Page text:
|It took a while, but the confrontation with these two farm dogs in Kansas was successfully diffused....and I lived!|
I've ridden thousands of miles of gravel in many states and I have had encounters with dogs from all over. So, I feel that I have enough knowledge of the subject that I can pass along a few tidbits that probably will come in handy for many people.
Now before I go any further, yes- I have had some really mean, nasty dog encounters. I've been cornered on a hilltop at night by an Australian Shepherd in Benton County, I've been nearly bitten by a large, black mutt in Bremer County, and I had the encounter, pictured to the left here, in Kansas last year- a Great Pyrenees and a shepherd of unknown lineage gave me no quarter. However; I can also say that I've never been bitten either. Nipped at- yes. Never bitten.
|A dog giving chase at the Renegade Gent's Race|
Don't Ride Alone: I've found many dogs, not all mind you, but many, will not give chase if there is a group of people. They will bark, come out on the road, but they aren't usually going to come after you if you are "in the herd". Generally the dog will stop at the end of its perceived territory and that will be that. But there are the occasional mutts that think the group is for play time, and the dog may follow you or even frolic around within your group. This kind of dog usually means no harm, but they are no less dangerous. They can easily cause a crash. Generally by stopping and giving a strong "Go Home!" command you can rid yourself of the unwanted companion. Or not. I've had dogs follow for miles, just happy to run. Oh well..........
Don't Be Afraid: Outwardly showing fear just seems to egg mutts onward as if they can sense that their "prey" is "on the run". Dogs are instinctual. Don't act like prey animals! Showing fear isn't helpful to your situation, at any rate. It clouds thinking and your amped up voice will, in the very least, only excite the mutt further. Be assertive, but don't be afraid. (At least until afterward!)
When You Are Alone: I often ride alone, so dogs are a bit bolder when it comes to single targets. I ALWAYS scan farm yards I am approaching for movement. Dogs will try to cut you off at an angle of pursuit that intersects with your direction of travel that matches up with their speed. Go faster, you can disrupt that angle in your favor, but keep in mind- dogs are fast. Bigger dogs are faster! I've had to go at speeds of upwards of 25mph to ditch medium sized mutts. A big dog like a German Shepherd or a Pinscher can easily go faster than that for short bursts. Smaller dogs with shorter legs can even go pretty fast, so gauge your reserves and situation accordingly. Downhill with a tailwind? Outrun that dog. It's fun! I call it "Dog Sprinting". But what if you cannot outrun that mutt?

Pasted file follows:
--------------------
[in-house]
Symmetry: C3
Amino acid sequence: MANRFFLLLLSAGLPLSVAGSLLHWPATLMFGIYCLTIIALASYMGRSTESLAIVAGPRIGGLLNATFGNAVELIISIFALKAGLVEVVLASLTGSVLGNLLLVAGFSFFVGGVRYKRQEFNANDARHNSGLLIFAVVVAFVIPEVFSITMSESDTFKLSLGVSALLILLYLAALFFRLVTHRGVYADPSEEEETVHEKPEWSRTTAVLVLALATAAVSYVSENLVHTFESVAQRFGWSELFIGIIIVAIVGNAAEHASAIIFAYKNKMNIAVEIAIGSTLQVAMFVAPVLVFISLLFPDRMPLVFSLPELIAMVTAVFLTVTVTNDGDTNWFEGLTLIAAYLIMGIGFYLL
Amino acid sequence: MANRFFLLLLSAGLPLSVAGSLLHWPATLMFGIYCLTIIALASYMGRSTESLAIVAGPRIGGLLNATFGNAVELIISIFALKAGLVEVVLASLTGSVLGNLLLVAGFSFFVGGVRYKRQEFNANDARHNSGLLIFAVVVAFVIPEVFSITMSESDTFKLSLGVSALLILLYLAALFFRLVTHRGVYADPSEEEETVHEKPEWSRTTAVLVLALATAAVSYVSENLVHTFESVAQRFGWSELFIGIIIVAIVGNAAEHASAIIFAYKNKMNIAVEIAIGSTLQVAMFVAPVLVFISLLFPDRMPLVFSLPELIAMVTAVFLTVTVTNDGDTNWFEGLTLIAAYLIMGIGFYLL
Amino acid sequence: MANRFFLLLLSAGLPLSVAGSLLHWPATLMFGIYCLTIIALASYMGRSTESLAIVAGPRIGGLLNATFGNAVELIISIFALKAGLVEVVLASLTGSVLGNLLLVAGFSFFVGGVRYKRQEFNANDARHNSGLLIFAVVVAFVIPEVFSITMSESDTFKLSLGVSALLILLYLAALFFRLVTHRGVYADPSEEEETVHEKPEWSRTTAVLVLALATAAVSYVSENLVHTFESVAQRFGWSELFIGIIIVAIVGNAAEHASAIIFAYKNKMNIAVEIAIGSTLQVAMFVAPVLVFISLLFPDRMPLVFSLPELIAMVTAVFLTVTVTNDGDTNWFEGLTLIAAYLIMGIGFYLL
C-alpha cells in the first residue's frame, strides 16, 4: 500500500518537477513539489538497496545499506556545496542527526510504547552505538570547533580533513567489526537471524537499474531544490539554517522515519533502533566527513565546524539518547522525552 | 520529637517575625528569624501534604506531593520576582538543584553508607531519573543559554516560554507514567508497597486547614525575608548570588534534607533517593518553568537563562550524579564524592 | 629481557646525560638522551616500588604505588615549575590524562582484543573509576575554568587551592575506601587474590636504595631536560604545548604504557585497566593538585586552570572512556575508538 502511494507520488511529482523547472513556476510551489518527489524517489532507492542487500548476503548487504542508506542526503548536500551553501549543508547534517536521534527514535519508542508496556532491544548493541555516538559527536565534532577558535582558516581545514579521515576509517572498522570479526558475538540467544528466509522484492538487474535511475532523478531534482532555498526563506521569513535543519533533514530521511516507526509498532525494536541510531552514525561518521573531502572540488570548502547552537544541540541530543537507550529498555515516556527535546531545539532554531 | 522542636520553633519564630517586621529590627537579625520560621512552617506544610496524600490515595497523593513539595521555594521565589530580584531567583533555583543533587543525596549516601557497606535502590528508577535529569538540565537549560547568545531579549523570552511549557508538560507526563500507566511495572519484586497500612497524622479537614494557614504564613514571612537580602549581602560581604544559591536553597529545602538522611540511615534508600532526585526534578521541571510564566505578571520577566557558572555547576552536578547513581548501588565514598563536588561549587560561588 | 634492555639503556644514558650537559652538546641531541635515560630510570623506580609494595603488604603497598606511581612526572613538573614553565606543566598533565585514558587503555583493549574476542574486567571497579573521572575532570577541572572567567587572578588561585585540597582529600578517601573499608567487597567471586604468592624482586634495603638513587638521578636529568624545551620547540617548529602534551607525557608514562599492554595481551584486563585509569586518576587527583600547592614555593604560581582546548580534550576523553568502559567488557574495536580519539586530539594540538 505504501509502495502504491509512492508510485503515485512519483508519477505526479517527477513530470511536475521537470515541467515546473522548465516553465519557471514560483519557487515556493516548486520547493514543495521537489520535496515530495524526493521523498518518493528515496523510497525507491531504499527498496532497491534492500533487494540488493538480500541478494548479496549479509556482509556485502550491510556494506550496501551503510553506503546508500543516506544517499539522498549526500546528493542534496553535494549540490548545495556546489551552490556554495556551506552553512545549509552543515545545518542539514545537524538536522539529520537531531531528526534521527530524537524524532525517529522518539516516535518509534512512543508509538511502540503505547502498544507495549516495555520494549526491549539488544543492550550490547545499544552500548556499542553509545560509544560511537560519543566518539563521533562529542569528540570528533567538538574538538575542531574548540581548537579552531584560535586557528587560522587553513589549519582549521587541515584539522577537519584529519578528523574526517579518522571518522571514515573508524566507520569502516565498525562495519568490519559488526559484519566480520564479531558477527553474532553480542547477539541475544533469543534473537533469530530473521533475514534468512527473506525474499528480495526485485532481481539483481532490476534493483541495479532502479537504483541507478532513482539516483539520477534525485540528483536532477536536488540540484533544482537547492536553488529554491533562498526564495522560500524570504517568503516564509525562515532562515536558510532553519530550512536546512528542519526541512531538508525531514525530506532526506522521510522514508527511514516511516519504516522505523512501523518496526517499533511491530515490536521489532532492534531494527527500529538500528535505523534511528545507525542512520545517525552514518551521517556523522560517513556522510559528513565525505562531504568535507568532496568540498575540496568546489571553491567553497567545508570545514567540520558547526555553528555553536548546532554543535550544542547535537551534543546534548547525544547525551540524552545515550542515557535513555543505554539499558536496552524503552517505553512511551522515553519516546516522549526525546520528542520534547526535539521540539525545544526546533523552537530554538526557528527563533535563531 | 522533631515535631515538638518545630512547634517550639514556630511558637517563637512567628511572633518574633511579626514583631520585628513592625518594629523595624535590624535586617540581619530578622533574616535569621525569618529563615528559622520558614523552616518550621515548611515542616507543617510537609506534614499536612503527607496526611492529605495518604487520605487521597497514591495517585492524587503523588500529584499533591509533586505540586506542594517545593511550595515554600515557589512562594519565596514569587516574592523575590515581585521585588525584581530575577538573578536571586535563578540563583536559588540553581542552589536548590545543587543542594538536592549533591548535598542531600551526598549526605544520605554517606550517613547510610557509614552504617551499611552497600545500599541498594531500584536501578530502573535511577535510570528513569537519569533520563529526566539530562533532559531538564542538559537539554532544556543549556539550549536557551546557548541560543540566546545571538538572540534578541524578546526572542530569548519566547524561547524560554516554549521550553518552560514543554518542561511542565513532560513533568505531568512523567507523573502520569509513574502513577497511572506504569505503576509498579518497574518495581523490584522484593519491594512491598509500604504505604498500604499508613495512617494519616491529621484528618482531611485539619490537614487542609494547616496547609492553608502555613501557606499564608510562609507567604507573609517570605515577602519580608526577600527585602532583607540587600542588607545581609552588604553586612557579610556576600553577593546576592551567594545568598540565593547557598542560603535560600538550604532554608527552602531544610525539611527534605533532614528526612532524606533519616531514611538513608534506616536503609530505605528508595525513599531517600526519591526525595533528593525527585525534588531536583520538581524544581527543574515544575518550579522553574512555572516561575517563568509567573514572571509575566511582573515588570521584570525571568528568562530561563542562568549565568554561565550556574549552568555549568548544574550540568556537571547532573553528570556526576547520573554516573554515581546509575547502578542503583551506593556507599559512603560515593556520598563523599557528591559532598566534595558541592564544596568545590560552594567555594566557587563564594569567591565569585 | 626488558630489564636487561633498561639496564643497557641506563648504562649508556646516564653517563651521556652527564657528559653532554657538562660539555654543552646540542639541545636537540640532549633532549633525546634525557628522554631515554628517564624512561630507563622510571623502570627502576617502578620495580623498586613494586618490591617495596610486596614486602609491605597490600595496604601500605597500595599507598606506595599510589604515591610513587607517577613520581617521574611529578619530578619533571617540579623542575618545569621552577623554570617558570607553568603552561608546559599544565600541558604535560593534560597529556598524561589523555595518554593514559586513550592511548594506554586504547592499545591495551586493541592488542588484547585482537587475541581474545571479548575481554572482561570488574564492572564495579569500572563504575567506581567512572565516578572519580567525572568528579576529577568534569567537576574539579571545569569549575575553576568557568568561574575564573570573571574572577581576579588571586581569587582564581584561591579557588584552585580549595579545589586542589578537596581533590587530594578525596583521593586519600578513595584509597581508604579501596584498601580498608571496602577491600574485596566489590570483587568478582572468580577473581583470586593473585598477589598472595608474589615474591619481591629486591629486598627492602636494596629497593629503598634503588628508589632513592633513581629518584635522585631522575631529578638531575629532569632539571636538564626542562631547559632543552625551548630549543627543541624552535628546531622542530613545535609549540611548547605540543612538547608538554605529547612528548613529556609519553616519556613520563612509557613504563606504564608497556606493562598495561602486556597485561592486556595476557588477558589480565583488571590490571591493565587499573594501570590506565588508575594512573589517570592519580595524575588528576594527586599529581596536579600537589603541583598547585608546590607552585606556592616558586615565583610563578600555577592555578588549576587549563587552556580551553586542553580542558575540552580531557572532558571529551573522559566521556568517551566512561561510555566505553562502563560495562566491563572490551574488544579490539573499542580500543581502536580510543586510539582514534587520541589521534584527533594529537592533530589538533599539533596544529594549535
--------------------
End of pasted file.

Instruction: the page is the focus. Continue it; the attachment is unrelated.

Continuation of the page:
|Short legged dogs like this Corgi are easy to outrun, but watch out! They can still cause you to crash!|
I don't allow the dog the chance to intersect me in his line of pursuit. I stop immediately, get off my bike, and put the bike between myself and the charging dog. Probably 90% of the time that is all it takes. Here's an example that happened just last weekend on Aker Road.
I got off my bike and this big, probably 70lb-80lb dog was barking, running back and forth up along its property line, and would have pursued me had I tried out running it. I spoke kindly to it until I felt I could walk along the far side of the road. All the while I spoke to it. He came out on the road way once, but that was early on. The more I spoke to it the less amped the dog was. I felt I was going to be able to walk past its territory easily until the owner heard all the commotion, called the dog, and the dog ran back to the house. By that time I was nearly home free anyway.
Now there are the other 10% of cases. The Kansas duo, above, took me about 20 minutes to "talk down off the edge" before I could remount. In fact, the image I took shows them wandering back to the house, having decided I wasn't a threat.
Sometimes you will get the dog calmed down, it will look good, then the owner yells and the dog figures they now must protect their person at all costs. Back to square one! In those cases, I have had to stand there till the owner came right out on the road to get the dog. I've run across hundreds of dogs, and I think this has happened three times.
|There was that one time I was chased by cats. Really!|
One is "The Command". I've seen a few folks use this to great effect. A stern, loud, "Go Home!", or "No!" can dissuade a dog and send them back to the house.
I've heard that tossing a dog a treat can also get a dog to calm down, although you may end up with a traveling companion for several miles! This tactic was put to good effect at Trans Iowa one year by Sarah Cooper, the well known ultra-distance cyclist.
You could also employ the ever popular "squirt the water bottle in the face" technique, although I've never seen that done or heard that it actually was effective.
Finally, while it may seem really weird, I have disoriented dogs by actually barking back at them. Admittedly, I've been told that I have a rather convincing bark. So, that may not be a good alternative for everyone!
Got any good tactics for dealing with farm dogs? Tell me in the comments!